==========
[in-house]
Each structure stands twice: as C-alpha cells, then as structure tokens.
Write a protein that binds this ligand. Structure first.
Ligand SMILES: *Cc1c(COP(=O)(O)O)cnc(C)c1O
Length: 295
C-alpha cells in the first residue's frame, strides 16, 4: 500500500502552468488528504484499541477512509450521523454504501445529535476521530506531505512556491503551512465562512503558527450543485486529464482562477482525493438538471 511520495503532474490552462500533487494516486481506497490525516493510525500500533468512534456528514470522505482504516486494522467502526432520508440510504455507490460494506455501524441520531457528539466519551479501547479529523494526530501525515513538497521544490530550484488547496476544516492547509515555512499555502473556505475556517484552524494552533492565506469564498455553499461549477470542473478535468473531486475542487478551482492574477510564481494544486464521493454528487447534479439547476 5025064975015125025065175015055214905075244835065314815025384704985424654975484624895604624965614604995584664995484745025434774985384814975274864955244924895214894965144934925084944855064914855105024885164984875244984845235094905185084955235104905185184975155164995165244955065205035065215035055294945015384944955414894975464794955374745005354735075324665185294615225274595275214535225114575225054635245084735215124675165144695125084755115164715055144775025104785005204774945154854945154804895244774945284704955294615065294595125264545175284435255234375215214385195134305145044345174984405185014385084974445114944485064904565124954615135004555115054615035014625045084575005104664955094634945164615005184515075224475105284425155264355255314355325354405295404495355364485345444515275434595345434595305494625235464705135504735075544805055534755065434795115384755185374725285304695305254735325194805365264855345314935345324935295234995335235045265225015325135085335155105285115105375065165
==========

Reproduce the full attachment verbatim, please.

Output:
[in-house]
Each structure stands twice: as C-alpha cells, then as structure tokens.
Write a protein that binds this ligand. Structure first.
Ligand SMILES: *Cc1c(COP(=O)(O)O)cnc(C)c1O
Length: 295
C-alpha cells in the first residue's frame, strides 16, 4: 500500500502552468488528504484499541477512509450521523454504501445529535476521530506531505512556491503551512465562512503558527450543485486529464482562477482525493438538471 511520495503532474490552462500533487494516486481506497490525516493510525500500533468512534456528514470522505482504516486494522467502526432520508440510504455507490460494506455501524441520531457528539466519551479501547479529523494526530501525515513538497521544490530550484488547496476544516492547509515555512499555502473556505475556517484552524494552533492565506469564498455553499461549477470542473478535468473531486475542487478551482492574477510564481494544486464521493454528487447534479439547476 5025064975015125025065175015055214905075244835065314815025384704985424654975484624895604624965614604995584664995484745025434774985384814975274864955244924895214894965144934925084944855064914855105024885164984875244984845235094905185084955235104905185184975155164995165244955065205035065215035055294945015384944955414894975464794955374745005354735075324665185294615225274595275214535225114575225054635245084735215124675165144695125084755115164715055144775025104785005204774945154854945154804895244774945284704955294615065294595125264545175284435255234375215214385195134305145044345174984405185014385084974445114944485064904565124954615135004555115054615035014625045084575005104664955094634945164615005184515075224475105284425155264355255314355325354405295404495355364485345444515275434595345434595305494625235464705135504735075544805055534755065434795115384755185374725285304695305254735325194805365264855345314935345324935295234995335235045265225015325135085335155105285115105375065165